Our study has some limitations that should be considered. The included studies are observational studies with confounding variables, such as family history of CVD, which may have influenced study outcomes. Another limitation is the heterogeneity present in analysis methods with variation in data collection techniques. Given the scarcity of studies on PLHIV and the geographical variations, caution should be taken in drawing conclusions from this analysis.

Three out of seven studies included for general population were based on self-reported medical histories. The agreement rate between the medical record and self-reported data for medication use is reported to be 85%. Self-reported data tend to have higher specificity of 93% (compared to 86% with the medical record). Alternatively, medical records tend to have higher sensitivity (82%) compared to 68% in self-reported surveys. Thus, medical records are less likely to miss pertinent information.[34] The use of patient-reported data may have influence the study outcomes. The structure of the questionnaires used in the surveys also may have influenced the accuracy of recall on medication use.

The majority of PLHIV data used in this analysis came from medical centers not specialized for HIV care, whereas 59% of PLHIV receive health care from HIV-specialized clinics.[31] This fundamental difference could have affected our final outcome, due to differences in practice environments and standards of care.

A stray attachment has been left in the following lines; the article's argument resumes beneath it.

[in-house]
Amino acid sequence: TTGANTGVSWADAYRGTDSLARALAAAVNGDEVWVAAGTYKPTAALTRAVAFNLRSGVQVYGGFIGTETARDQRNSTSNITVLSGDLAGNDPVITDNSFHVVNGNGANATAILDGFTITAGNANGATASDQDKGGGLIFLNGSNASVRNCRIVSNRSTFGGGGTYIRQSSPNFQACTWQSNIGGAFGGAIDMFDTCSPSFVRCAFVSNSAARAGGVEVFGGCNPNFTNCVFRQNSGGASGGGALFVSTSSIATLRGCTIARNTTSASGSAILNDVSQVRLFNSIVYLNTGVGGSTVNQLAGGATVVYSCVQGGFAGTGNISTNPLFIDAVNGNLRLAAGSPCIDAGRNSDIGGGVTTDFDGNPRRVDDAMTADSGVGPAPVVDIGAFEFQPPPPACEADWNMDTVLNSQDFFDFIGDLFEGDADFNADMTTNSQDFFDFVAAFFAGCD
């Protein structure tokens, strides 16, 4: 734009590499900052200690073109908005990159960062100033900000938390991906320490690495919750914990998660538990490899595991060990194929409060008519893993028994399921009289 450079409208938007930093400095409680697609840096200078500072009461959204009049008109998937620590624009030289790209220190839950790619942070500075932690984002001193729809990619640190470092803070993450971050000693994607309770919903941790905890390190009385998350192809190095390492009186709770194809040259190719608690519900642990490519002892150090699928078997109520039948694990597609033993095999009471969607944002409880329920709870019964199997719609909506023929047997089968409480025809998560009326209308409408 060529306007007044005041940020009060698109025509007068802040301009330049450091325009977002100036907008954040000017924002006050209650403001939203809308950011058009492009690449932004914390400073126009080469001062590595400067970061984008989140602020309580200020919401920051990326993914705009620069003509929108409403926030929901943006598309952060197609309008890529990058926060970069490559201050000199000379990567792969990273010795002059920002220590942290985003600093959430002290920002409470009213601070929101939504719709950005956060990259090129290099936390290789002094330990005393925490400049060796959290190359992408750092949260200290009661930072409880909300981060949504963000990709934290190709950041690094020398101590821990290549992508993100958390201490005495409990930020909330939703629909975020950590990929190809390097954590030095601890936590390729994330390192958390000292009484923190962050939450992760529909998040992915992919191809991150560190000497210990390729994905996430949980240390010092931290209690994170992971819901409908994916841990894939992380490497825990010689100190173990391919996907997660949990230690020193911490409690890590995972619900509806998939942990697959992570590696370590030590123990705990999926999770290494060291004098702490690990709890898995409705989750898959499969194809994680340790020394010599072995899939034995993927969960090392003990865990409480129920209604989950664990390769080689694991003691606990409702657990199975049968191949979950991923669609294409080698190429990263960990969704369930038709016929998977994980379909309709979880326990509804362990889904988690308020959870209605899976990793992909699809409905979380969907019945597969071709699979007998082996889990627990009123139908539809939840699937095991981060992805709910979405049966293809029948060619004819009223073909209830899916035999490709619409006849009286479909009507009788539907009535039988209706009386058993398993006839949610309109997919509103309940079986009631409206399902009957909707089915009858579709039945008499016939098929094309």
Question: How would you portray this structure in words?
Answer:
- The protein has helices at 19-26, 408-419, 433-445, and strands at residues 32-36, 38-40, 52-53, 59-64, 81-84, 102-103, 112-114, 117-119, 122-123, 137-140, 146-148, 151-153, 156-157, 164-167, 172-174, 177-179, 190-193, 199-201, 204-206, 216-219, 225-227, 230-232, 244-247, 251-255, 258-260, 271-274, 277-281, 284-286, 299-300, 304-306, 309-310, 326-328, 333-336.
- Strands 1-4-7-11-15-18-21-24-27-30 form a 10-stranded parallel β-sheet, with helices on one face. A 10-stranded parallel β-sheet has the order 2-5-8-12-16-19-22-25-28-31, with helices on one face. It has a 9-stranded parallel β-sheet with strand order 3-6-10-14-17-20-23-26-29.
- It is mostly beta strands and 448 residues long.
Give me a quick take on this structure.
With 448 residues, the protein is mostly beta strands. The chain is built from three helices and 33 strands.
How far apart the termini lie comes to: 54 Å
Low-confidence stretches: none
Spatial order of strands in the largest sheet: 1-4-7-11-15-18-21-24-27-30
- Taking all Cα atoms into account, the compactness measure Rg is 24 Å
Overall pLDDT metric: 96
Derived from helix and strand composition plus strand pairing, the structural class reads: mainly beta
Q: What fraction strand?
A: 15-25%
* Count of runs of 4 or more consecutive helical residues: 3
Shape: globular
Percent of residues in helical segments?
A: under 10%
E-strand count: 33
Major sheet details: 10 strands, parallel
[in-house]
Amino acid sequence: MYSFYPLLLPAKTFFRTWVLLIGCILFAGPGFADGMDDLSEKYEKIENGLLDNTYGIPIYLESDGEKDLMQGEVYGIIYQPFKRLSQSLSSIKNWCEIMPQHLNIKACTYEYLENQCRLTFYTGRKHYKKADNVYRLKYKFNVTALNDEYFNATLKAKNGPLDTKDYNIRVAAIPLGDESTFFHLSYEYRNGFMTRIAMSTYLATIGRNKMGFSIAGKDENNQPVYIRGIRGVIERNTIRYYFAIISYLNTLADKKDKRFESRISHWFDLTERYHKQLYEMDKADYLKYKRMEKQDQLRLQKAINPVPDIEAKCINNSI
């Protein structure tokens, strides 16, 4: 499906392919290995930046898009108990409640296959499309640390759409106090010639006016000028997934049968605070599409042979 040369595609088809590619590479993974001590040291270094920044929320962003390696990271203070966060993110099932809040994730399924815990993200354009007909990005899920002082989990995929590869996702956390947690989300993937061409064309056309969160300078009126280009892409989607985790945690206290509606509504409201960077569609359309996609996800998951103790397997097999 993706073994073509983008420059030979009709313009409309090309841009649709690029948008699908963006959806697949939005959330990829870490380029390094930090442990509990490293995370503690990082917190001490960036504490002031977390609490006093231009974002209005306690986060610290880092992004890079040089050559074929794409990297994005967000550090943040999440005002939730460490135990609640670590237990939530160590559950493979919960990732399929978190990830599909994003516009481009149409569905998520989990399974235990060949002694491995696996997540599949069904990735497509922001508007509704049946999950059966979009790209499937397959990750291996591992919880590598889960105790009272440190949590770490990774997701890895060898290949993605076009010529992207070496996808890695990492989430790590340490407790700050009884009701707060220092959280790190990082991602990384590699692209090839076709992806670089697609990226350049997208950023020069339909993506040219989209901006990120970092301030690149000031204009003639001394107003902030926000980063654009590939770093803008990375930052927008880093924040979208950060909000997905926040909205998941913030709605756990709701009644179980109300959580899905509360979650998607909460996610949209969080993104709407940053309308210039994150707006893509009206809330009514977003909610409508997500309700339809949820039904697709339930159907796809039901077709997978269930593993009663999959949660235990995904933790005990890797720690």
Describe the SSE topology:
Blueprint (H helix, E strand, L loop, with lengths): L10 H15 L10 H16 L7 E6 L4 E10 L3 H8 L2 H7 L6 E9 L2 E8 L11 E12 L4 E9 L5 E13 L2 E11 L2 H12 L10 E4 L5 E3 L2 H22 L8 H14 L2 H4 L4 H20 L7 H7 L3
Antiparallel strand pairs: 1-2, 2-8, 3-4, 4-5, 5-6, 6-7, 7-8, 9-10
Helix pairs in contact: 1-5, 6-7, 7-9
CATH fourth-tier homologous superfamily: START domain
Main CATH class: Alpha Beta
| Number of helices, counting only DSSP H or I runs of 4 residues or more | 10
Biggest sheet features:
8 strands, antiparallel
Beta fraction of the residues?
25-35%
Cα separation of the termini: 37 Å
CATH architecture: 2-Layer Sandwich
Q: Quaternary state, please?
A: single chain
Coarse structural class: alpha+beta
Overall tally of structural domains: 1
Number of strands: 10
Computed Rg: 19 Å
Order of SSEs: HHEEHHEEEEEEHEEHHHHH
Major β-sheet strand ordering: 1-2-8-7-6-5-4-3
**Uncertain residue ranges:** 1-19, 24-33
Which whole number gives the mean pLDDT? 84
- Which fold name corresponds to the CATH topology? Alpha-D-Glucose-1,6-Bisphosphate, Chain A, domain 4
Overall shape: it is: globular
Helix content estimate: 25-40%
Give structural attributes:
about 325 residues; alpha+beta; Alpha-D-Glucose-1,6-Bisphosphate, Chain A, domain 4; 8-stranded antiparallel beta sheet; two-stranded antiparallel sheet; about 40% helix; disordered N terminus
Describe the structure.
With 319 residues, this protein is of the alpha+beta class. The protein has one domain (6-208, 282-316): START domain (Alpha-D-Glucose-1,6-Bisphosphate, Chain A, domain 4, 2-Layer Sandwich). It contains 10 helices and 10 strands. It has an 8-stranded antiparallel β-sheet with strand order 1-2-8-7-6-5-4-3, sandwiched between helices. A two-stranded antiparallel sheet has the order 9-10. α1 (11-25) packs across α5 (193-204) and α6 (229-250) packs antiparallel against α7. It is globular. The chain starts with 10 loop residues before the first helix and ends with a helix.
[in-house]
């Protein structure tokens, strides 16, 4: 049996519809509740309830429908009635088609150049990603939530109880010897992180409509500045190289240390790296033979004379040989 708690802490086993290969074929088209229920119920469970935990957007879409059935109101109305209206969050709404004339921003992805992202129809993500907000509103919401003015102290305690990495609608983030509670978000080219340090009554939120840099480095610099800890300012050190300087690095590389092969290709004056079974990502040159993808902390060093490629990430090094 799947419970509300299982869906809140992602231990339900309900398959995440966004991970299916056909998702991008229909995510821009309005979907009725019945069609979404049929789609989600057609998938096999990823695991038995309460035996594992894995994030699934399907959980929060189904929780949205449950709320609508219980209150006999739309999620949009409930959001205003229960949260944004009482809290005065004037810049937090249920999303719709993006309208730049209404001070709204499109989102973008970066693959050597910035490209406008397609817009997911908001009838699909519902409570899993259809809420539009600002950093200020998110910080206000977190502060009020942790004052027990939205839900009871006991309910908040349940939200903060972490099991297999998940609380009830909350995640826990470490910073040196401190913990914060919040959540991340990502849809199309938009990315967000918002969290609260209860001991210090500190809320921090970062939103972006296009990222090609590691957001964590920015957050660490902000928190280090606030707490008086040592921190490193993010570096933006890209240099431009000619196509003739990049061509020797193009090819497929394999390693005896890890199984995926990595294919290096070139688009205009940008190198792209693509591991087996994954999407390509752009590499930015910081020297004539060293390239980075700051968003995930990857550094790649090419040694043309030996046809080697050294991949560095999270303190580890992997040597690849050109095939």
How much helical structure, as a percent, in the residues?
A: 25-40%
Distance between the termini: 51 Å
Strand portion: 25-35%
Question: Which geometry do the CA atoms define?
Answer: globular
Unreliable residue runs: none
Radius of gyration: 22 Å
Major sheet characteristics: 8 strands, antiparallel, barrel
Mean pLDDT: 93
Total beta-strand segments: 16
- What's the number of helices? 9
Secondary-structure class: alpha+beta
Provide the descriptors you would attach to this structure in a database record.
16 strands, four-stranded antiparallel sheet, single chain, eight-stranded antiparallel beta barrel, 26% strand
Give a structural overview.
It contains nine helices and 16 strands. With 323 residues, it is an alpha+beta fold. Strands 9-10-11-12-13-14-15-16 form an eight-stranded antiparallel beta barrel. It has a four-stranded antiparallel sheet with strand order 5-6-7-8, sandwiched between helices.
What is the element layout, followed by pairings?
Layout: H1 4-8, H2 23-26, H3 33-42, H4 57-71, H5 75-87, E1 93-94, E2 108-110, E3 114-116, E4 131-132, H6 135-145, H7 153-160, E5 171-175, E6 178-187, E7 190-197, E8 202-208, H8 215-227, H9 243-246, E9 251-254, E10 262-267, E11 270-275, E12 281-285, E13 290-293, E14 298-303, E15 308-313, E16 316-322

The most significant source of heterogeneity in PLHIV was the length of the studies. However, length of the studies did not significantly affect the heterogeneity seen in general population. The additional variation in length of the studies reflects the prevalence of small-scaled dataset involving aspirin use in PLHIV.

In addition, this study is limited by the scarce amount of data available for analysis. This paucity of evidence prevents firm conclusions about the rate of aspirin utilization in PLHIV compared to the general population. Additional research is needed to clarify our understanding in this area.

Future research directions

A relevant study objective for future research would involve assessment of health-care provider awareness of HIV infection as an independent risk factor for AMI.[35] Another potential area of interest would be the assessment of health-care providers' awareness of the informational needs for their HIV-seropositive patients involving increased risk of AMI. The study year and length in these future trials may reflect the change in standards of care regarding length of aspirin use for cardio-preventive care in this population.

Financial support and sponsorship


Conflicts of interest

There are no conflicts of interest.

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  [Figure 1], [Figure 2], [Figure 3], [Figure 4], [Figure 5], [Figure 6], [Figure 7]

  [Table 1]